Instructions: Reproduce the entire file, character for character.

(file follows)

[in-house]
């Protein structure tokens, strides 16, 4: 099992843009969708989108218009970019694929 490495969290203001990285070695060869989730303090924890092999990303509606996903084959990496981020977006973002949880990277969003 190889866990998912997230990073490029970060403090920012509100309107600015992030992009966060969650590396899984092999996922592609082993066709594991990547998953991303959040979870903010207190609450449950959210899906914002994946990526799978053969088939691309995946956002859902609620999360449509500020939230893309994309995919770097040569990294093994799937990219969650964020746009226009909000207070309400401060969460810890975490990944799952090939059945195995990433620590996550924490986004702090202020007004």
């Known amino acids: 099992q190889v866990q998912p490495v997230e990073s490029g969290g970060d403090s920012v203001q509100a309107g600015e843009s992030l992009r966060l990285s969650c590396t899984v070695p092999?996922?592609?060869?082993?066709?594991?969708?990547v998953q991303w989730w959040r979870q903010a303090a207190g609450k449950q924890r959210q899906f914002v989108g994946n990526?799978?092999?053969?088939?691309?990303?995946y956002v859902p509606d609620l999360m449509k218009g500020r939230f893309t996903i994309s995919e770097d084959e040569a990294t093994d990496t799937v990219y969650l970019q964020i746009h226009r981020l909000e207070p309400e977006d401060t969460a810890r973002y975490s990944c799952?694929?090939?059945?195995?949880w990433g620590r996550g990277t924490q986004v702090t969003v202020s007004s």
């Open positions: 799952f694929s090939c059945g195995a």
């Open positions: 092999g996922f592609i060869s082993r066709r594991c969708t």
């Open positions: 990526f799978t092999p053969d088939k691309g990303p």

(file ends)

[in-house]
């Protein structure tokens, strides 16, 4: 099992843009969708989108218009970019694929 490495969290203001990285070695060869989730303090924890092999990303509606996903084959990496981020977006973002949880990277969003 190889866990998912997230990073490029970060403090920012509100309107600015992030992009966060969650590396899984092999996922592609082993066709594991990547998953991303959040979870903010207190609450449950959210899906914002994946990526799978053969088939691309995946956002859902609620999360449509500020939230893309994309995919770097040569990294093994799937990219969650964020746009226009909000207070309400401060969460810890975490990944799952090939059945195995990433620590996550924490986004702090202020007004």
């Known amino acids: 099992q190889v866990q998912p490495v997230e990073s490029g969290g970060d403090s920012v203001q509100a309107g600015e843009s992030l992009r966060l990285s969650c590396t899984v070695p092999?996922?592609?060869?082993?066709?594991?969708?990547v998953q991303w989730w959040r979870q903010a303090a207190g609450k449950q924890r959210q899906f914002v989108g994946n990526?799978?092999?053969?088939?691309?990303?995946y956002v859902p509606d609620l999360m449509k218009g500020r939230f893309t996903i994309s995919e770097d084959e040569a990294t093994d990496t799937v990219y969650l970019q964020i746009h226009r981020l909000e207070p309400e977006d401060t969460a810890r973002y975490s990944c799952?694929?090939?059945?195995?949880w990433g620590r996550g990277t924490q986004v702090t969003v202020s007004s």
């Open positions: 799952f694929s090939c059945g195995a």
């Open positions: 092999g996922f592609i060869s082993r066709r594991c969708t």
């Open positions: 990526f799978t092999p053969d088939k691309g990303p």